Here are the most effective ways on How to Get Rid of Bagworms in the Garden for good! Read ahead to keep them away from your plants!
Bagworms can wreck a lot of trouble to the plants if not taken care of timely. If you want to know How to Get Rid of Bagworms in the Garden, then we have got your back!
Are Bagworms harmful to humans? Find out here
What are Bagworms?
Bagworms are pesky caterpillars that make 2-inches long, spindle-like bags on plants. They feed on the foliage and stems, causing defoliation, yellowing of leaves, and sometimes can even kill the whole plant. Mostly, bagworms feed on juniper, pine, arborvitae, cedar, spruce, and small shrubs and bushes.
Female bagworms remain in the bag throughout their lifespan and can produce up to 500-1000 eggs in the bags. The larvae come out of the bags and start feeding on the leaves.
How to Get Rid of Bagworms in the Garden?
1. Pick them Manually
As they are harmless to humans, you can easily pick them up by hand. This can only work if the infestation is less. Once you have collected them, drop them in a soapy water solution. This will kill them instantly.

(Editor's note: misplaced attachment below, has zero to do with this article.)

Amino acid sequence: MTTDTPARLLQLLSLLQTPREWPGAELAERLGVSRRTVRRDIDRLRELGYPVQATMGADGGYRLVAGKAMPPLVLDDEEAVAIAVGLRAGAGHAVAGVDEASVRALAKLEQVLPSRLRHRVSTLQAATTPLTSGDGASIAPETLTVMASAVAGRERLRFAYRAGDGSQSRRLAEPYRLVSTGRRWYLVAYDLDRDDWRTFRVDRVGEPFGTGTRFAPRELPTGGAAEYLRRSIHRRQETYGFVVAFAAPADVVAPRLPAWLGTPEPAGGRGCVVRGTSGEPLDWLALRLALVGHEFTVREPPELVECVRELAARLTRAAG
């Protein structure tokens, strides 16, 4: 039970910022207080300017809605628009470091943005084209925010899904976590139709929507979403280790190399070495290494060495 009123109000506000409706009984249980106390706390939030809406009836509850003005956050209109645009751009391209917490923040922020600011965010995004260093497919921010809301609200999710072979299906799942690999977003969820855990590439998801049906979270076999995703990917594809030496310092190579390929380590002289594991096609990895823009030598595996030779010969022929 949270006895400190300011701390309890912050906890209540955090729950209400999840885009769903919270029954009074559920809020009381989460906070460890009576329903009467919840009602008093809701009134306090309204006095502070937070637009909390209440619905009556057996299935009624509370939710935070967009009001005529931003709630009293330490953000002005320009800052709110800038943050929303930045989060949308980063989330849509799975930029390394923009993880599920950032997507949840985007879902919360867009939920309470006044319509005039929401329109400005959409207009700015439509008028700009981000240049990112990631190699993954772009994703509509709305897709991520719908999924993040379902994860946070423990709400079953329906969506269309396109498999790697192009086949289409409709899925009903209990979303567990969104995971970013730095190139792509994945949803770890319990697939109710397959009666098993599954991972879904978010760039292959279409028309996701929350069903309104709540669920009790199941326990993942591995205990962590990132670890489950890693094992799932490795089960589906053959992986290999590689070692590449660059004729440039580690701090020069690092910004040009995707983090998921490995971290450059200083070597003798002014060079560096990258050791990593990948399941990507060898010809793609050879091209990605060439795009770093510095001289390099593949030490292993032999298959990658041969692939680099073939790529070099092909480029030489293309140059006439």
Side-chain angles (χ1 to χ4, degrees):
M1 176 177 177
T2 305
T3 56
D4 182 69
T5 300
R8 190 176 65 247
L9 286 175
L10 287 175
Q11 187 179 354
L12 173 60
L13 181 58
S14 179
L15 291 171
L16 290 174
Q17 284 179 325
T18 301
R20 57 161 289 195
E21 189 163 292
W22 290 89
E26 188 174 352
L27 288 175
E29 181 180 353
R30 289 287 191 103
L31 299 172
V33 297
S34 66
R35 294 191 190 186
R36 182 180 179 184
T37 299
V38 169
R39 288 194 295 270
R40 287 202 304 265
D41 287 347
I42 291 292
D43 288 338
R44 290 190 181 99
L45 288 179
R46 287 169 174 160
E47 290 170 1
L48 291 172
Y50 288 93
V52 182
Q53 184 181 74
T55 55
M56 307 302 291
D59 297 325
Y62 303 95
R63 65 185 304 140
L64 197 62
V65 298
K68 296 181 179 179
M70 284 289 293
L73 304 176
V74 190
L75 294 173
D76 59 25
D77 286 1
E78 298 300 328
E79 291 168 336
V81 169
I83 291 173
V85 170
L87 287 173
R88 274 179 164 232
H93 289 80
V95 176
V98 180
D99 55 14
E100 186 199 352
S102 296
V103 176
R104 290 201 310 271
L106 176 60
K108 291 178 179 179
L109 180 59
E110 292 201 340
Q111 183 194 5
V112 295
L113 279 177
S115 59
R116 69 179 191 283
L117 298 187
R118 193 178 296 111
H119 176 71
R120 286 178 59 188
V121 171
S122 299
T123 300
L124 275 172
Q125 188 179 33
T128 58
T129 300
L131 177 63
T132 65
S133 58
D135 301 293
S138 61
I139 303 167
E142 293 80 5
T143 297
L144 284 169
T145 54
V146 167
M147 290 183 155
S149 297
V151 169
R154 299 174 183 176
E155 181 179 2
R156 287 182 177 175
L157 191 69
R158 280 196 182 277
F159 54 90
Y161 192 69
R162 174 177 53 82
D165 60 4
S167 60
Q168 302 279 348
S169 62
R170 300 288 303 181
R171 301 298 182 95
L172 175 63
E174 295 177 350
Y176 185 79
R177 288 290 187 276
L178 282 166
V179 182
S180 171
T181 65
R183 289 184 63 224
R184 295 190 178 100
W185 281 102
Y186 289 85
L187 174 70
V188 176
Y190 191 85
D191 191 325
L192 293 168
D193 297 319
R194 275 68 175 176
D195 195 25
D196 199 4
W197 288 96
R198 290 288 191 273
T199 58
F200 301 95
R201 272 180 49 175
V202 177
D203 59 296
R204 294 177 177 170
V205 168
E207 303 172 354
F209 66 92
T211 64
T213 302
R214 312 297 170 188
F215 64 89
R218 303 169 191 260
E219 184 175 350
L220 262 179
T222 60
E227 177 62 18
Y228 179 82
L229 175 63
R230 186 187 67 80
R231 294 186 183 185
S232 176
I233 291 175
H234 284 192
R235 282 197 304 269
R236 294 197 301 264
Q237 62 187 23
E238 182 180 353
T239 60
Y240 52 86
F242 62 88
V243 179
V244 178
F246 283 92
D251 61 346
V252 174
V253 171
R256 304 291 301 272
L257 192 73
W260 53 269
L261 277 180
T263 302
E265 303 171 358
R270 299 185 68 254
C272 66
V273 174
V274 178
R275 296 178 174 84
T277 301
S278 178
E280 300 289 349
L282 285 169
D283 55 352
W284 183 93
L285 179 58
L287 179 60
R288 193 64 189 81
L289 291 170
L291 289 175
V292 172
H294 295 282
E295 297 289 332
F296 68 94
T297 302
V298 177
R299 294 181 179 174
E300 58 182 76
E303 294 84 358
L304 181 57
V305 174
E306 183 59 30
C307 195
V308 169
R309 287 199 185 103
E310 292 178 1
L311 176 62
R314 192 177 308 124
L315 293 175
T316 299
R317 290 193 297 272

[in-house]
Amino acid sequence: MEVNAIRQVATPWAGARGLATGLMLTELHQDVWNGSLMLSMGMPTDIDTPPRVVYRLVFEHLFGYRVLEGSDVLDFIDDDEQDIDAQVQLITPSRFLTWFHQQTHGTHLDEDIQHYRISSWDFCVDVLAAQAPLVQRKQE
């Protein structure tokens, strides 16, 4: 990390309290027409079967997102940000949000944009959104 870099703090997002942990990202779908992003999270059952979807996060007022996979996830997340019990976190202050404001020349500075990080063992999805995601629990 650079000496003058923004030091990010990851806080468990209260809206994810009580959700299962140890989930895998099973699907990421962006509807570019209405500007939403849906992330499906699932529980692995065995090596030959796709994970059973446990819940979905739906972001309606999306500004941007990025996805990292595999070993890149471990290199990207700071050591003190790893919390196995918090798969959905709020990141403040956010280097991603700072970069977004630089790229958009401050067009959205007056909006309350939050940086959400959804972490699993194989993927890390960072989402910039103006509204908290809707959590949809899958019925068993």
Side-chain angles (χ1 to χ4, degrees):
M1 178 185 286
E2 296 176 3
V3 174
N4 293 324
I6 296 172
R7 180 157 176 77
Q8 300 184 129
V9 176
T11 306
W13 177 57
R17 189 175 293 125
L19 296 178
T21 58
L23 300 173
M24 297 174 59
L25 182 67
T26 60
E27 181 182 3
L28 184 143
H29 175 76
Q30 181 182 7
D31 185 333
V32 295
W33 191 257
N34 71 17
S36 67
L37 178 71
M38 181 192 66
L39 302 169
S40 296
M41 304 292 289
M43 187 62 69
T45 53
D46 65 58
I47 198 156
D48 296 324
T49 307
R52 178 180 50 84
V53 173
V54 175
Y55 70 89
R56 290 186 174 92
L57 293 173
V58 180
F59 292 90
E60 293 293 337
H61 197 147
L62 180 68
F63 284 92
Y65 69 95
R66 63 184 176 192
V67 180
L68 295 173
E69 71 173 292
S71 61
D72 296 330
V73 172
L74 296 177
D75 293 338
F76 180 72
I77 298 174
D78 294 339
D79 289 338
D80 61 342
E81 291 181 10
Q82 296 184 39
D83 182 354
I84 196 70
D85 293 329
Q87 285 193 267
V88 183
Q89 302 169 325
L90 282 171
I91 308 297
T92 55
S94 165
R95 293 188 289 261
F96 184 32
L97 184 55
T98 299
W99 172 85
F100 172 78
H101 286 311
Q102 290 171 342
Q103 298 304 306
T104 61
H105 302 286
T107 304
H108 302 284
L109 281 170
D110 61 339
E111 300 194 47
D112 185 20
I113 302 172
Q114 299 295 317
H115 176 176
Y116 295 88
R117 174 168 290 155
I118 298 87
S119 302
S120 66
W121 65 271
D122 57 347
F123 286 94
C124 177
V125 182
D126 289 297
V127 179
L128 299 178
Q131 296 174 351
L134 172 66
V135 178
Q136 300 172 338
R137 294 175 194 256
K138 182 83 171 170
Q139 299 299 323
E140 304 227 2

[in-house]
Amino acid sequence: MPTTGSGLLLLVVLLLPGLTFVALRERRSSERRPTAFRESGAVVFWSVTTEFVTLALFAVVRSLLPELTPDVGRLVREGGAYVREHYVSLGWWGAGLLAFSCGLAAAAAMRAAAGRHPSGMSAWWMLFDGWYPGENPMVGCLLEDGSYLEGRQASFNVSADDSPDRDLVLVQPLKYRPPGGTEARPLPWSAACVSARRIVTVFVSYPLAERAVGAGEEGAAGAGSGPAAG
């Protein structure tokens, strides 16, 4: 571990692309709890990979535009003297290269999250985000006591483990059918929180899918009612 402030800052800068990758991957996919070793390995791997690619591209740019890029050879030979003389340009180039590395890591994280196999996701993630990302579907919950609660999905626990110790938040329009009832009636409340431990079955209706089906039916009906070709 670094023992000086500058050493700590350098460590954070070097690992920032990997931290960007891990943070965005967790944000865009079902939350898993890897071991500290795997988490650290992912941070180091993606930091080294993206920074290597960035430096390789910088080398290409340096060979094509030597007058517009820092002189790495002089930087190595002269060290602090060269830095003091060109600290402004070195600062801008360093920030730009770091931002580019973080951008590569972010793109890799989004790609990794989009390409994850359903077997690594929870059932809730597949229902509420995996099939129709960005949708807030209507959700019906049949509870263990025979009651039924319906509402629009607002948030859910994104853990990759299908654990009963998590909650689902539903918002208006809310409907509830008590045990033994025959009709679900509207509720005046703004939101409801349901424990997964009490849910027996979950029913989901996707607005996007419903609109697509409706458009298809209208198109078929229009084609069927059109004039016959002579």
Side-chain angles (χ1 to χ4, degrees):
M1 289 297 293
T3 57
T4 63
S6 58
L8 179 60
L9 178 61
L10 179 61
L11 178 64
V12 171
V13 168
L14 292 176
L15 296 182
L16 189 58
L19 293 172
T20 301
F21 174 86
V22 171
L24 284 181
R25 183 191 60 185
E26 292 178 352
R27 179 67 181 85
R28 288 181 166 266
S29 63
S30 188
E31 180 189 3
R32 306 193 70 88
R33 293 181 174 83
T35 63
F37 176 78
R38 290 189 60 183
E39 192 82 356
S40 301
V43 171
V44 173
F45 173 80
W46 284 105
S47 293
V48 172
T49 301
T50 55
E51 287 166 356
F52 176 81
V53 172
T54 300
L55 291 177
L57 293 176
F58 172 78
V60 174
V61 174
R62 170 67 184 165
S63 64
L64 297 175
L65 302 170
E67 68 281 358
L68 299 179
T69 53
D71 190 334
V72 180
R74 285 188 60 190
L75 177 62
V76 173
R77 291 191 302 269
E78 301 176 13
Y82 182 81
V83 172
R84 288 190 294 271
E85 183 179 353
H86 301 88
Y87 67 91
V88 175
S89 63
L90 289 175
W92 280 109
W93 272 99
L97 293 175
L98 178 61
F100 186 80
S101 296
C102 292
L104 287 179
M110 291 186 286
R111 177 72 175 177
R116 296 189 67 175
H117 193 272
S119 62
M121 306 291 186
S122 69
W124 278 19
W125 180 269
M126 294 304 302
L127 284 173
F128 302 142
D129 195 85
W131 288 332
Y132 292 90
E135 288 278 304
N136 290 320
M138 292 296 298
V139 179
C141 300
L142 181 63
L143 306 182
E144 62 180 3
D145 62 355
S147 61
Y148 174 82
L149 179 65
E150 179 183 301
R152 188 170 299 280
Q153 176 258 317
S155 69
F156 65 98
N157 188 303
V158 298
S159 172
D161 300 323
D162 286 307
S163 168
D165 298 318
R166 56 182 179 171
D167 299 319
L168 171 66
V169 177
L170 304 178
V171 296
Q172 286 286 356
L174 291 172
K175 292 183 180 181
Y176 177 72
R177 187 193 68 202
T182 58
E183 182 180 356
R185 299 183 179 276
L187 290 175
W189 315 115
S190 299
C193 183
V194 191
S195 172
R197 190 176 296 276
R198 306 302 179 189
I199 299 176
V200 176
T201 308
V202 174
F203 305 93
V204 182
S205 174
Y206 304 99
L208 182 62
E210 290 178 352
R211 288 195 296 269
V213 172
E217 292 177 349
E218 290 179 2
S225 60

2. Invite Birds to Your Garden
Birds are the natural enemies of bagworms as they feast on these worms. Invite birds in your garden by creating a birdbath or birdfeed. You can also attract them by growing pollen, tubular, or nectar-rich flowering plants like hibiscus, datura, lilies, monarda, and ixora.
3. Chemical Control
If the infestation has become widespread, consider using insecticides like carbaryl and permethrin. These chemicals are readily available at garden centers and nursery shops.
The best time to use pesticides is from mid-June to mid-July, when the bagworms hatch and larvae are coming out of their bags. Make sure to follow the instructions on the label.
4. Biological Control
Bacillus thuringiensis, or BT, is a bacteria that is found in the soil. It produces a protein that is toxic for certain herbivorous insects, including bagworms. You can purchase it from a garden center and use it during mid-June.
This method poses no harmful effect on humans or animals.